I have some experience; I have to make test fixtures at times. Most of ours incorporate lead and/or copper. (And tungsten, which is a whole other problem, lol.)

I freeze 4"x6" lead bricks in ice before I drill small holes in them, lol.

http://en.wikipedia.org/wiki/Collimator

Thankfully, I don't have to do that often. I use lead bricks at work with .020" and .015"; they're 4" thick. Which stops 511keV photons pretty effectively, except where the hole is...

I have a lot better success than the guy that tried to do a .015" hole in 2" tungsten... drills aren't very effective; but wire edm works, lol.

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post #13 of 21 (permalink) Old 09-17-2011, 01:16 PM
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The tailshaft housing/yoke seal part number is 7W7Z-7052-A

The bushing is unobtainable through the dealer

-Matt
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post #14 of 21 (permalink) Old 09-17-2011, 01:38 PM
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I've read several references to this rear cooling mod but I can't seem to find the writeup referencing this modification.
Would one of you folks kindly point me to this document and what benefits I may receive from such a mod? I see comments about a rear cooling mod for the 4.6L engine heads but nothing for 4r70w transmission.

Thanks,
-g

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post #15 of 21 (permalink) Old 09-17-2011, 03:22 PM
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Quote:
Originally Posted by S4gunn View Post
I've read several references to this rear cooling mod but I can't seem to find the writeup referencing this modification.
Would one of you folks kindly point me to this document and what benefits I may receive from such a mod? I see comments about a rear cooling mod for the 4.6L engine heads but nothing for 4r70w transmission.

Thanks,
-g
Its not exactly a "cooling" mod ... its a Forced Lubrication to the transmission Tailshaft / driveshaft yoke.

Link here ..

http://www.tccoa.com/articles/tranny...n/page12.shtml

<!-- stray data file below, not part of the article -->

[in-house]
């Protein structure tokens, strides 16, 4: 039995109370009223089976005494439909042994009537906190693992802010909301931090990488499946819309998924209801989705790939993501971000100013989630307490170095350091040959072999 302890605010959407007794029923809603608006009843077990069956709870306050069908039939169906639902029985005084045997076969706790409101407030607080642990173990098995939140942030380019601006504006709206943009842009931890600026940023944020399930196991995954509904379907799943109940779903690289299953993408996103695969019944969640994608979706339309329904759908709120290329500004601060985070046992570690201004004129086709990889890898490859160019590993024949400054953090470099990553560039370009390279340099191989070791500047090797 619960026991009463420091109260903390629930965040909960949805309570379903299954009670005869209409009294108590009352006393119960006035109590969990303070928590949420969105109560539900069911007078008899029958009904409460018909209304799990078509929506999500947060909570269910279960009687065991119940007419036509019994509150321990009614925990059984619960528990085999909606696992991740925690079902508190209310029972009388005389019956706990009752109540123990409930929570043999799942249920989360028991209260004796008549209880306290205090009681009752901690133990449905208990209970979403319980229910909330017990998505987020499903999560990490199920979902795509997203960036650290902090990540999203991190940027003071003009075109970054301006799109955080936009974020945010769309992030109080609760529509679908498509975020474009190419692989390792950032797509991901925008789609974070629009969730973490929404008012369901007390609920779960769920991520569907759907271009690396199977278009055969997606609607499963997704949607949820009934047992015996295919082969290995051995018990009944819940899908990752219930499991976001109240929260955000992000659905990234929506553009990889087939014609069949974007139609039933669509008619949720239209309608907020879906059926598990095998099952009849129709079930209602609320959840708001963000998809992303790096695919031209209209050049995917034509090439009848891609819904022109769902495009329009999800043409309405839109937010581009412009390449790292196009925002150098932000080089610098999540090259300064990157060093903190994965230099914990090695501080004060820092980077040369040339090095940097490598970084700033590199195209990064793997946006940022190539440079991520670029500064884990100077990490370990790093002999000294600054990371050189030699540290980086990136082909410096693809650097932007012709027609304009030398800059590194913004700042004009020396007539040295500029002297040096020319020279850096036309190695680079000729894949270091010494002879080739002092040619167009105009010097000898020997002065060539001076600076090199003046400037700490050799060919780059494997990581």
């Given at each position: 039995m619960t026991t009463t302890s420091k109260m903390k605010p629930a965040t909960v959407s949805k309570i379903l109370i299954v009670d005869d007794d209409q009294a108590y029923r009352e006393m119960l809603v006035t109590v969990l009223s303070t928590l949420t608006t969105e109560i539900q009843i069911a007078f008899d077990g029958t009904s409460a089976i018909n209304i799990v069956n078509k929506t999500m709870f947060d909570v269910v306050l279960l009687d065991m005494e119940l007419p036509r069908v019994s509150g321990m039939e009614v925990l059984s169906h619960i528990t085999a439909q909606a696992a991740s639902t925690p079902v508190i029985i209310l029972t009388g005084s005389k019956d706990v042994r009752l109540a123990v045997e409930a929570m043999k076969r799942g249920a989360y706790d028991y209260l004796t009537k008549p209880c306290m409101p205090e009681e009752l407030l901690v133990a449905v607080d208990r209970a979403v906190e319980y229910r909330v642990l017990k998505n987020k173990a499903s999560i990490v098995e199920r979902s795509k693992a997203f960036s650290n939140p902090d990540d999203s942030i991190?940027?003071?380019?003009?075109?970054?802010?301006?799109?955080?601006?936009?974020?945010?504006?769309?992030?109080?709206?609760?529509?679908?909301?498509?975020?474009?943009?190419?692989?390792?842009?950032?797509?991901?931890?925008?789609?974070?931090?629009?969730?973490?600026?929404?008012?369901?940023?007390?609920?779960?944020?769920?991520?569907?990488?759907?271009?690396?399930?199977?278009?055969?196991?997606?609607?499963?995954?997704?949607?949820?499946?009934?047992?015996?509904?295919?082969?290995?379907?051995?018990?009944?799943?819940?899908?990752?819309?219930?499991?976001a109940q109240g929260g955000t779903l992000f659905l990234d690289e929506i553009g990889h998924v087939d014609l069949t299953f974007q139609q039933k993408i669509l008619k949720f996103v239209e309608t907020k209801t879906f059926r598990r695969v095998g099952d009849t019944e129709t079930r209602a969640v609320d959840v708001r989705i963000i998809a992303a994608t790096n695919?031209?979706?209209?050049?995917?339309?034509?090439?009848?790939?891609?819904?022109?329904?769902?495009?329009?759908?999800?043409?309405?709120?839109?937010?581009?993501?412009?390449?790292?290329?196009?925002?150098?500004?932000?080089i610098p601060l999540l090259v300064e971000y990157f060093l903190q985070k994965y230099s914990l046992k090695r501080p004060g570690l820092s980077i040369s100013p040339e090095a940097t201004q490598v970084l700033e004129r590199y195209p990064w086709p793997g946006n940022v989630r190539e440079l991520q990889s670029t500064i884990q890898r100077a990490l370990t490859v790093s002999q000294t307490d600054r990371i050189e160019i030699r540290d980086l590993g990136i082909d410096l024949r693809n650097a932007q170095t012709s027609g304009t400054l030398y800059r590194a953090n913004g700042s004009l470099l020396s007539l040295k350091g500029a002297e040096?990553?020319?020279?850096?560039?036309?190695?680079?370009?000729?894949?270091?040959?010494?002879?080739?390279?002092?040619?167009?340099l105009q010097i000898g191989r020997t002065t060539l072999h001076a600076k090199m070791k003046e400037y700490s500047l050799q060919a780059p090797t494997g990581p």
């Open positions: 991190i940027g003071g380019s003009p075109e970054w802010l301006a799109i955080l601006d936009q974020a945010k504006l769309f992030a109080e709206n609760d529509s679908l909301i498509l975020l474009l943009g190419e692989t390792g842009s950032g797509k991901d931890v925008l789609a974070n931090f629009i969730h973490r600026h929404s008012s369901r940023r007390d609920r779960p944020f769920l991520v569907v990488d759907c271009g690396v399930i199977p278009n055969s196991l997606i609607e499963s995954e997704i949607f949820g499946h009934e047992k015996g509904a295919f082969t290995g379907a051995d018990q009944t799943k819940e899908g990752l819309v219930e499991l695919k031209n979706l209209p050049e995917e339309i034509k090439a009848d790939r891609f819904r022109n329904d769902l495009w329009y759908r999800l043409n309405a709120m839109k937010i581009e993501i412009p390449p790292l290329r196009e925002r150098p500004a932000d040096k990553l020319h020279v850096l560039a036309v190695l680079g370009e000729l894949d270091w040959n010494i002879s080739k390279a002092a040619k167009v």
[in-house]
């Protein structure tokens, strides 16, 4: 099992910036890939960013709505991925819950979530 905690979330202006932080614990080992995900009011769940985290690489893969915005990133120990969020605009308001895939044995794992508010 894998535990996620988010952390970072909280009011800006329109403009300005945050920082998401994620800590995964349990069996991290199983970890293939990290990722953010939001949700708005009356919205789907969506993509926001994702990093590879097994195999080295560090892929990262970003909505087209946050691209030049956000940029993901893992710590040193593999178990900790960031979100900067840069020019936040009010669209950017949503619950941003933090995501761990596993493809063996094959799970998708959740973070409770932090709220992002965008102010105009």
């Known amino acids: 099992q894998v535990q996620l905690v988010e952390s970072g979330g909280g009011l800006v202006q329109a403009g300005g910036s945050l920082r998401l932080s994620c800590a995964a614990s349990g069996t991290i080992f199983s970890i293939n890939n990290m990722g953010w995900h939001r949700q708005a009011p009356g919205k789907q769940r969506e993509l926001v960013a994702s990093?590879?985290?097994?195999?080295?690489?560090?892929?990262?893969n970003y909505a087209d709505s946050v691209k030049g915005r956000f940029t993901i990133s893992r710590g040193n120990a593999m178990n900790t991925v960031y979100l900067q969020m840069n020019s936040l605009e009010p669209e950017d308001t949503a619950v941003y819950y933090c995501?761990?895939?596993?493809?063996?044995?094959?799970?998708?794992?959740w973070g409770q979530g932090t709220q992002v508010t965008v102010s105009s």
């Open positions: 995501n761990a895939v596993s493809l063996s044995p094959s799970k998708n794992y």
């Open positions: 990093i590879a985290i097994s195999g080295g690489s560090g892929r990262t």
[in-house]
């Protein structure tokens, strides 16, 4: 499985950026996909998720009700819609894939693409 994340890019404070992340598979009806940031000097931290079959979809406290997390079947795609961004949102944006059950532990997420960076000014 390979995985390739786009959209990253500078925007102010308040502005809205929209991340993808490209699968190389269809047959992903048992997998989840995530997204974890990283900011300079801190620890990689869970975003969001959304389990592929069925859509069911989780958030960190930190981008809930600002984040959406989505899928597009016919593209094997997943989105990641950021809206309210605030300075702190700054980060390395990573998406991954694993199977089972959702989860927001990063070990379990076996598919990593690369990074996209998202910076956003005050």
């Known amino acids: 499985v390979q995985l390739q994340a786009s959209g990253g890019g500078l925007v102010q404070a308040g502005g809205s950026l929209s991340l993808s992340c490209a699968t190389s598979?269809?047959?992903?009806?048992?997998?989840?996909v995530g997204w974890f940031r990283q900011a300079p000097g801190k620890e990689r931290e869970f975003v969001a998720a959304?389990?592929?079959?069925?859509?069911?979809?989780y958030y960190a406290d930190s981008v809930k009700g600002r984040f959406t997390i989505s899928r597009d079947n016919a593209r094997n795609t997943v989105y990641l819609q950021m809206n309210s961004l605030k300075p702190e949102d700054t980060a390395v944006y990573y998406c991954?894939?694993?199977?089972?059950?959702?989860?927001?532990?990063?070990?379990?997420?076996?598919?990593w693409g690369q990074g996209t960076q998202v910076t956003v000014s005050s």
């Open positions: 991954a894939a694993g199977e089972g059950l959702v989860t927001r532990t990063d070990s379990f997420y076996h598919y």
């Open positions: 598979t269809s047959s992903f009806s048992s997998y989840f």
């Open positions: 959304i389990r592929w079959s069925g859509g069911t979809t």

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post #16 of 21 (permalink) Old 09-17-2011, 11:51 PM Thread Starter
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any suggestions on which loctite product to use on the rear seal?

David
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post #17 of 21 (permalink) Old 09-18-2011, 01:18 AM
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Quote:
Originally Posted by coggonobrien View Post
any suggestions on which loctite product to use on the rear seal?
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post #18 of 21 (permalink) Old 09-18-2011, 02:15 AM
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I pack the spring full of transgel or petroleum jelly, put a coat of hylamar on the outside of the seal and use paste thread sealer on the fittings.
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post #19 of 21 (permalink) Old 09-18-2011, 10:53 AM
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Quote:
Originally Posted by S4gunn View Post
I've read several references to this rear cooling mod but I can't seem to find the writeup referencing this modification.
Would one of you folks kindly point me to this document and what benefits I may receive from such a mod? I see comments about a rear cooling mod for the 4.6L engine heads but nothing for 4r70w transmission.

Thanks,
-g
One of our Supporting Advertisers sells a kit:

http://www.dirtydogperformance.com/t...t/prod_57.html

This is way easier than replacing the bushing myself, iirc.

I hear there's a discount for Club Membership, as well.

Red '96 Cougar XR-7 240k mi. '02 4R70W, PST DS : '03 PI engine, 04 maf, 24lb injectors, 2.5" exhaust, '02 4r70w + Jmod, DirtyD0g TC + cooler + 3/8" lines, 255 walbro fp. Alpine system.
Black '96 Cougar XR-7 (Lazarus) 210k mi PI Intake, '02 4R70W, Jmod, PST DS, GrogTune, Konis, Mark LCA+Poly, racecougar Custom Engine Chain, and JL and racecougar Bracing.
Black '97 Tbird Limited Edition, '02 4R70W, 255 walbro, PST DS, PBR Brakes&SS lines, Toicko Blues & Springs, GrogTune.


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post #20 of 21 (permalink) Old 09-18-2011, 02:37 PM
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Thanks for the explanation, Dan.
Having seen what the problem is (Tailshaft bearing lubrication), I found this DIY from a mustang forum.

http://www.moddedmustangs.com/forums...-write-up.html

Only thing I'm missing is a pic of the completed modification w/ the lube line installed but it should be pretty straight forward.
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post #21 of 21 (permalink) Old 09-18-2011, 04:42 PM
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If you need the parts I have them all in stock and will sell a DIY kit. You do have to be very careful doing this job it isn't exactly straight forward. Ending up with a bushing that is too tight for the yoke is common.